OBSERVATIONAL STUDY
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Predicting Outcome of Acquired Brain Injury by the Evolution of Paroxysmal Sympathetic Hyperactivity Signs.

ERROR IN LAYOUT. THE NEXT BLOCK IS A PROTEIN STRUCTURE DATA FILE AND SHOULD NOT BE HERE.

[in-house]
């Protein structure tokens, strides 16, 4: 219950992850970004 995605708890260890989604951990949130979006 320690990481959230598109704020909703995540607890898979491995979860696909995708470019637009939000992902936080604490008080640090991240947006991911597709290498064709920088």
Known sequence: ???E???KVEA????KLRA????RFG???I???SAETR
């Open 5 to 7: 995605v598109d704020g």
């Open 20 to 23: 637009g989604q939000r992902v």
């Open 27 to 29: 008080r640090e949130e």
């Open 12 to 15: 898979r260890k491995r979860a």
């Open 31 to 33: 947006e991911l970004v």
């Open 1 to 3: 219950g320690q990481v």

In this multi-center study, we provide a systematic evaluation of the clinical variability associated with paroxysmal sympathetic hyperactivity (PSH) in patients with acquired brain injury (ABI) to determine how these signs can impact outcomes. A total of 156 ABI patients with a disorder of consciousness (DoC) were admitted to neurorehabilitation subacute units (intensive rehabilitation unit; IRU) and evaluated at baseline (T0), after 4 months from event (T1), and at discharge (T2). The outcome measure was the Glasgow Outcome Scale-Extended, whereas age, sex, etiology, Coma Recovery Scale-Revised (CRS-r), Rancho Los Amigos Scale (RLAS), Early Rehabilitation Barthel Index (ERBI), PSH-Assessment Measure (PSH-AM) scores and other clinical features were considered as predictive factors. A machine learning (ML) approach was used to identify the best predictive model of clinical outcomes. The etiology was predominantly vascular (50.8%), followed by traumatic (36.2%). At admission, prevalence of PSH was 31.3%, which decreased to 16.6% and 4.4% at T1 and T2, respectively. At T2, 2.8% were dead and 61.1% had a full recovery of consciousness, whereas 36.1% remained in VS or MCS. A support vector machine (SVM)-based ML approach provides the best model with 82% accuracy in predicting outcomes. Analysis of variable importance shows that the most important clinical factors influencing the outcome are the PSH-AM scores measured at T0 and T1, together with neurological diagnosis, CRS-r, and RLAS scores measured at T0. This joint multi-center effort provides a comprehensive picture of the clinical impact of PSH signs in ABI patients, demonstrating its predictive value in comparison with other well-known clinical measurements.

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